Skip to main content

Egyptian journalist Shimaa Samy appears in custody, days after disappearance

Prior to her arrest, Samy had written about the case of detained activist Alaa Abdel Fattah and other political prisoners
Shimaa Samy, a journalist, was arrested on 20 May from her home in Alexandria (Twitter)

Egyptian journalist Shimaa Samy appeared in Cairo's state security prosecution headquarters on Saturday and is now being held in pre-trial detention, according to lawyers informed about her case.

Samy was seized from her home in Alexandria on 20 May and had been held incommunicado without any known charges for 10 days, according to Darb newspaper, where she worked as a contributor.

It is widely believed that Samy has been detained over her writings in Darb criticising the government's detention of political prisoners. Darb is a news website affiliated to the opposition Socialist People's Alliance Party. 

Egypt's government called on to release disappeared journalist Shimaa Samy
Read More »

According to the Association for Freedom of Thought and Expression (AFTE), Samy is being held in provisional custody, pending investigations into charges of "aiding a terrorist group," "spreading and publishing false news," and "using a social media account to disseminate false news".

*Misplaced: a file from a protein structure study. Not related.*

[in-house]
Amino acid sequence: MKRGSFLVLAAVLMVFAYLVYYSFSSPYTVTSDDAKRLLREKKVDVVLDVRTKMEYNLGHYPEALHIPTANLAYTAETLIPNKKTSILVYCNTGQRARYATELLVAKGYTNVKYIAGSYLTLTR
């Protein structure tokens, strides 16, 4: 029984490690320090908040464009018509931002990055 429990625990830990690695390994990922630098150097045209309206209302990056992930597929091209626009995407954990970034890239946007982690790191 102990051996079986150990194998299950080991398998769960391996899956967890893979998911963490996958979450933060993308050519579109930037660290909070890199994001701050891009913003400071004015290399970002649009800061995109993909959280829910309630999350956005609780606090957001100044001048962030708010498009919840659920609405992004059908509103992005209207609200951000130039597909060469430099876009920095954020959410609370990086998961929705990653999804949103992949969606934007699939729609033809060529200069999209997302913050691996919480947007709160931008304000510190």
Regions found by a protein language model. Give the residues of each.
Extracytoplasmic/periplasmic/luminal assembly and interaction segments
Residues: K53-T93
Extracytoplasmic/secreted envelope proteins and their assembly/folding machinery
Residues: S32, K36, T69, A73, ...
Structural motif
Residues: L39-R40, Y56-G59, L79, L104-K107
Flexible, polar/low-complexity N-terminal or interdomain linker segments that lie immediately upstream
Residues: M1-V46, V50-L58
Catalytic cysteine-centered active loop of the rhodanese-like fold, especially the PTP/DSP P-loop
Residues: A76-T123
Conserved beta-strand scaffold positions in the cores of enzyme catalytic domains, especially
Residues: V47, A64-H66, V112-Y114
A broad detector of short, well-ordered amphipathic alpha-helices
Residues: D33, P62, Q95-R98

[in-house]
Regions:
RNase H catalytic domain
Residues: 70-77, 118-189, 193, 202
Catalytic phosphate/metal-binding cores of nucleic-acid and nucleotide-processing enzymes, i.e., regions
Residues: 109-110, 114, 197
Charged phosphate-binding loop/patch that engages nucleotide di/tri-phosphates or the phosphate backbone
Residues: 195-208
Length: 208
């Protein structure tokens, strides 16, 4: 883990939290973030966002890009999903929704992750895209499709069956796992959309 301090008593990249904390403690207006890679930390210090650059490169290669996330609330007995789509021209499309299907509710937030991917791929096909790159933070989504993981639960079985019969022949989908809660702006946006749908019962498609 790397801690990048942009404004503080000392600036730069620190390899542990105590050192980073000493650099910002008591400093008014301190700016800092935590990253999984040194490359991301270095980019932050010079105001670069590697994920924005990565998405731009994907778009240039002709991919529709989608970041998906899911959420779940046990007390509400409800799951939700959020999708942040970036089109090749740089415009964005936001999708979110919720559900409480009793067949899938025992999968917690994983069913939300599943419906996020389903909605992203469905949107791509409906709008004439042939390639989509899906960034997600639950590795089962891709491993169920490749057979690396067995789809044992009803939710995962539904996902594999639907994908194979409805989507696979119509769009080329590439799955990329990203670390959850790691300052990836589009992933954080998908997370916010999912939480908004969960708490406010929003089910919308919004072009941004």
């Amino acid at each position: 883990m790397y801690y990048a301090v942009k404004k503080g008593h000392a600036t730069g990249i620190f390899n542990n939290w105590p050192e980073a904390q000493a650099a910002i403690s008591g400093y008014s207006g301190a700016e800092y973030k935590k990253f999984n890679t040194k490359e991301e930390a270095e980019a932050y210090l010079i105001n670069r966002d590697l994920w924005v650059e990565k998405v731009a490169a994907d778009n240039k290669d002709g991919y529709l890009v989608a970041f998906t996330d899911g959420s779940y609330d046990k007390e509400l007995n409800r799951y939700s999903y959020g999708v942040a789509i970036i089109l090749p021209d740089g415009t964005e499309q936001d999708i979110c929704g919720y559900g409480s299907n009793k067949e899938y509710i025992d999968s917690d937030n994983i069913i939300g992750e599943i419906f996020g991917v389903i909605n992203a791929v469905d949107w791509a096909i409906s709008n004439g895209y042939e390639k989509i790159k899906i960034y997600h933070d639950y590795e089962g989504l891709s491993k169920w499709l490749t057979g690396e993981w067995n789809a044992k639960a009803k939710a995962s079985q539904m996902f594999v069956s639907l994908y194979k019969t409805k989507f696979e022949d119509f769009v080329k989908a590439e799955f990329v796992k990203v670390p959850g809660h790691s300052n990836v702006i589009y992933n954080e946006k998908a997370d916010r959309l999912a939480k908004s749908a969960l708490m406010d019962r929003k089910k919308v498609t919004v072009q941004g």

She has been added to case no. 535/2020, the same case in which Laila Soueif, mother of detained activist Alaa Abdel Fattah, was charged and later released. 

Nearly a month before her arrest, Samy highlighted in an article the case of Abdel Fattah, who went on a hunger strike in April in response to a ban on family visits. 

"Mothers cry at the gates of prisons during the heat of the day in Ramadan to give medicines and disinfectants to their children who are deprived of them," she wrote, referring to Soueif. 

'Chilling effect'

An online campaign had been launched calling for Samy's release following her disappearance, with rights advocates denouncing the continued targeting of media workers by the government of President Abdel Fattah el-Sisi.

"Targeting people like Samy is meant to have a chilling effect on all journalists and civil society members who dare to express independent views," Alaa Abdel Monsef, an Egyptian human rights lawyer, told Middle East Eye earlier this week.

"There is a systematic policy of criminalisation of writing that is not conforming to the government's talking points."

According to Reporters Without Borders (RSF), Samy is the sixth journalist to be arrested by authorities since 9 May. The others are Moataz Wadnan, Mostafa al-Aasar, Haitham Hasan Mahgoub, Sameh Hanin and Mada Masr editor-in-chief Lina Attalah, the only one to be released.

The rights group says that least 31 journalists are currently imprisoned in Egypt, one of the world's biggest jailers of media workers.